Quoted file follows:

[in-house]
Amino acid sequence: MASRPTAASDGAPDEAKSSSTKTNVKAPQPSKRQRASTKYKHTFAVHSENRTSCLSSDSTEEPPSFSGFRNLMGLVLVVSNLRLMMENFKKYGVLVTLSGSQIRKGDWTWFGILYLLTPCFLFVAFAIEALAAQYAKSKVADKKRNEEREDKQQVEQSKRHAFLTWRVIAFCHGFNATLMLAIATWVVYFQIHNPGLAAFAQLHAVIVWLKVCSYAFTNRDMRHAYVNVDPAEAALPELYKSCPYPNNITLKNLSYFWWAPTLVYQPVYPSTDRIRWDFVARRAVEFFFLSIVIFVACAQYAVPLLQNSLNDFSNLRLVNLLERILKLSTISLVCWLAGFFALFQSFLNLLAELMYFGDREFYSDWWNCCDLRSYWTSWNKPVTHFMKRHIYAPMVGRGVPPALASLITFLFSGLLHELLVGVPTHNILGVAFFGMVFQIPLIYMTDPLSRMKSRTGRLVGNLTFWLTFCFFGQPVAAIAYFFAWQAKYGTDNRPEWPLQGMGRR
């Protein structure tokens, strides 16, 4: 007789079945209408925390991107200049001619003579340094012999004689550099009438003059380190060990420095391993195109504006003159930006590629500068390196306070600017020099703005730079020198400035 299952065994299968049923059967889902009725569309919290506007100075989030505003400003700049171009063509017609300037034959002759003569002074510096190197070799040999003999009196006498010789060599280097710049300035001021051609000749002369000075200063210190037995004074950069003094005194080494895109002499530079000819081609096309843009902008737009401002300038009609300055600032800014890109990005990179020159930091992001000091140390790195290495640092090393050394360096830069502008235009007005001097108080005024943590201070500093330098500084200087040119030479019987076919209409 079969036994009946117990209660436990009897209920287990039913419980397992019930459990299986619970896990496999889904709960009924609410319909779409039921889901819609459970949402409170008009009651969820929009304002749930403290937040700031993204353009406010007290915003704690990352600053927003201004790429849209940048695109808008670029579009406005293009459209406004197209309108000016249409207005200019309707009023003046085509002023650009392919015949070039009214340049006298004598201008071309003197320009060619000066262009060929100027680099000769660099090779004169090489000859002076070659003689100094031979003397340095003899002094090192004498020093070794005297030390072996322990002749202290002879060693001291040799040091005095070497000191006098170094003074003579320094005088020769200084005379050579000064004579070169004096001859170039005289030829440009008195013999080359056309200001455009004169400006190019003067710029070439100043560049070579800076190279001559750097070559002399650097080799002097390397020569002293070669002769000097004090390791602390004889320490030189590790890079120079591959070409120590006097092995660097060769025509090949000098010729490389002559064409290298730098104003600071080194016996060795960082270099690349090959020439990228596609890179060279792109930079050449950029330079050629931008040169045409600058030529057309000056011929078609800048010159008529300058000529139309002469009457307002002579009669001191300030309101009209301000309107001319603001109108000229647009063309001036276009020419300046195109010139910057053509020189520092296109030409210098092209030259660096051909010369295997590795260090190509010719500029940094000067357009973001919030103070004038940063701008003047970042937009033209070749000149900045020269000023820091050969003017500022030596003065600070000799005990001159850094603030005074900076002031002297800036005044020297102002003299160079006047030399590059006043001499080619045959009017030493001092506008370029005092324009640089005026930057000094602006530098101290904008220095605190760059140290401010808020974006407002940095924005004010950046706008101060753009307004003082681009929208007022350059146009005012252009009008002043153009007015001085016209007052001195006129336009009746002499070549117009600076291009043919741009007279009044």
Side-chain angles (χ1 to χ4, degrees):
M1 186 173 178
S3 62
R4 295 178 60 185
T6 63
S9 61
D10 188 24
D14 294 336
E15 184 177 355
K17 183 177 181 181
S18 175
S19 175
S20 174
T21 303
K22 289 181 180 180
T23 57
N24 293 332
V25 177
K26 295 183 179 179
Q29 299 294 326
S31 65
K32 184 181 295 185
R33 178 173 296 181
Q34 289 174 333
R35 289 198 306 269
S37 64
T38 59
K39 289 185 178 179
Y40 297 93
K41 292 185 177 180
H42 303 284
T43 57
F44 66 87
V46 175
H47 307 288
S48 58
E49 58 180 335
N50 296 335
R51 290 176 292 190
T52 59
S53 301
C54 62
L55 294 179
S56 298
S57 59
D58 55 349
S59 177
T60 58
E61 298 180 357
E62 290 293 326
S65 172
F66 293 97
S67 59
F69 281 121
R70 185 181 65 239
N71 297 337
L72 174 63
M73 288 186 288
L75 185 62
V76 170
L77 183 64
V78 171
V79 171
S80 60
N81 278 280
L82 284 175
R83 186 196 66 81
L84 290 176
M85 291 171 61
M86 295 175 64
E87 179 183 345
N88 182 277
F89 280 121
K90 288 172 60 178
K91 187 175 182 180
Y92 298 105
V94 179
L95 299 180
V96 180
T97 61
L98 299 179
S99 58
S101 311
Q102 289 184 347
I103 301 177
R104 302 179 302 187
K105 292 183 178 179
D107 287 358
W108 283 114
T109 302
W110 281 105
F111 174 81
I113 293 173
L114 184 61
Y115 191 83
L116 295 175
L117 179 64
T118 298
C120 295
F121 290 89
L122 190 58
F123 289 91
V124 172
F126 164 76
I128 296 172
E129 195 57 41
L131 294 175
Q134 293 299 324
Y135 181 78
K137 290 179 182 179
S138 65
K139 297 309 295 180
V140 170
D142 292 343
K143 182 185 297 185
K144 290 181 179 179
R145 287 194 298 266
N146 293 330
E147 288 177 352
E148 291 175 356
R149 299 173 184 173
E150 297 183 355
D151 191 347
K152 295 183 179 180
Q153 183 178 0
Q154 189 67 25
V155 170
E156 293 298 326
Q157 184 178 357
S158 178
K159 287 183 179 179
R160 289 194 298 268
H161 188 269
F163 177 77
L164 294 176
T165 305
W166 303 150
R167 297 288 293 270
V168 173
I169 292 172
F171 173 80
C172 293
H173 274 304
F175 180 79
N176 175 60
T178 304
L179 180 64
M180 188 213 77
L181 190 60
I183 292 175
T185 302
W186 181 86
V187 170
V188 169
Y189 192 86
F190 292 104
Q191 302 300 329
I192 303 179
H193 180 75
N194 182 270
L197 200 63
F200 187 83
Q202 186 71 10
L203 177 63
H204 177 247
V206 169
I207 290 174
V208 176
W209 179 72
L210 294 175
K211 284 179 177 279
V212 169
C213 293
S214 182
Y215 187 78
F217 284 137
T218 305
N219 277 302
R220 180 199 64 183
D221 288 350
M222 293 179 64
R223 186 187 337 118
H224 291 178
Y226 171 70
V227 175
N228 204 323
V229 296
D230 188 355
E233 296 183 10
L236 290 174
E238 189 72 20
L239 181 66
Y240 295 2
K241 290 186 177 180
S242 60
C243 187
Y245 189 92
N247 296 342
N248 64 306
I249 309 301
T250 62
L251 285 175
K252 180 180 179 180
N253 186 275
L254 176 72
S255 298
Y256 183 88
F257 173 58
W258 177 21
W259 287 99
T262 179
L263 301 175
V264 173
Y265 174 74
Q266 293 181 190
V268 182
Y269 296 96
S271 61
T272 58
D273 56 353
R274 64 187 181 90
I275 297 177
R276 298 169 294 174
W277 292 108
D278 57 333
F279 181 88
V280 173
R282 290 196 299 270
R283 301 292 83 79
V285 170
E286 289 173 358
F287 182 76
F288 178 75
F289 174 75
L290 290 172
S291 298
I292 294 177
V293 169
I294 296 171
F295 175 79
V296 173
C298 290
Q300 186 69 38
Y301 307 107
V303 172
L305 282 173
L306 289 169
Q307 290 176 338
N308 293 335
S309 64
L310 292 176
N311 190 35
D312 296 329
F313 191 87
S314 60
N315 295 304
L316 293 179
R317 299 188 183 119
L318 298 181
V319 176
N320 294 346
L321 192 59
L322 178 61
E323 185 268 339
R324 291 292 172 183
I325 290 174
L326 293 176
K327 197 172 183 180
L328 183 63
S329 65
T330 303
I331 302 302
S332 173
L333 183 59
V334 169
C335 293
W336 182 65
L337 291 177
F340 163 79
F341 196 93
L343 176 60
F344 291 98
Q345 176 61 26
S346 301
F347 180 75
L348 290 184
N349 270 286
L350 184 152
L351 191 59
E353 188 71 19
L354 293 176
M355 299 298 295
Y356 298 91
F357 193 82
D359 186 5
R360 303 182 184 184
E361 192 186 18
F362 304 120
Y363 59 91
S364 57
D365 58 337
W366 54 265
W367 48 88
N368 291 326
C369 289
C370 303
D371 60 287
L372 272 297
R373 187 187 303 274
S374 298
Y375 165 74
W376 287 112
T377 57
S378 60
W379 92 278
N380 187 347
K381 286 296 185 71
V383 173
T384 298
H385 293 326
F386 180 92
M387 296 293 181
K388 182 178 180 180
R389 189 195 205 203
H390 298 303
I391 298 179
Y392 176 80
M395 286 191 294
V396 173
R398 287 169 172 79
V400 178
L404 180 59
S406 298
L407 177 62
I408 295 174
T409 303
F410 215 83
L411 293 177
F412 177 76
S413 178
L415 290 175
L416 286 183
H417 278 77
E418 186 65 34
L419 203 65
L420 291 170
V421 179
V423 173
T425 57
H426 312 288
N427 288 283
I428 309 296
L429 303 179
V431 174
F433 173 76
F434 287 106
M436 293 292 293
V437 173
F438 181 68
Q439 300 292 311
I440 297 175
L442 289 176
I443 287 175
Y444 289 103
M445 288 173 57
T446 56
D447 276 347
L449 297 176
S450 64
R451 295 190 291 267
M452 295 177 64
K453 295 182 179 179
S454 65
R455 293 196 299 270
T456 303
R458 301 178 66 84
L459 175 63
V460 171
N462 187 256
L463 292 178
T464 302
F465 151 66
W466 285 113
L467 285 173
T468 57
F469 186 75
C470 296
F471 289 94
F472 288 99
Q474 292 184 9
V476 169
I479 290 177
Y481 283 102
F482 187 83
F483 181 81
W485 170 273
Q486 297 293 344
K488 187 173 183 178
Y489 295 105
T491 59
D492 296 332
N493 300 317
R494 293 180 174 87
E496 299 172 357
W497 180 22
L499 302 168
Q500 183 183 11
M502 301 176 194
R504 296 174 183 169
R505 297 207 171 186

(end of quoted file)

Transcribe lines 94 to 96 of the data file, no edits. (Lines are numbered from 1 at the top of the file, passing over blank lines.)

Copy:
W110 281 105
F111 174 81
I113 293 173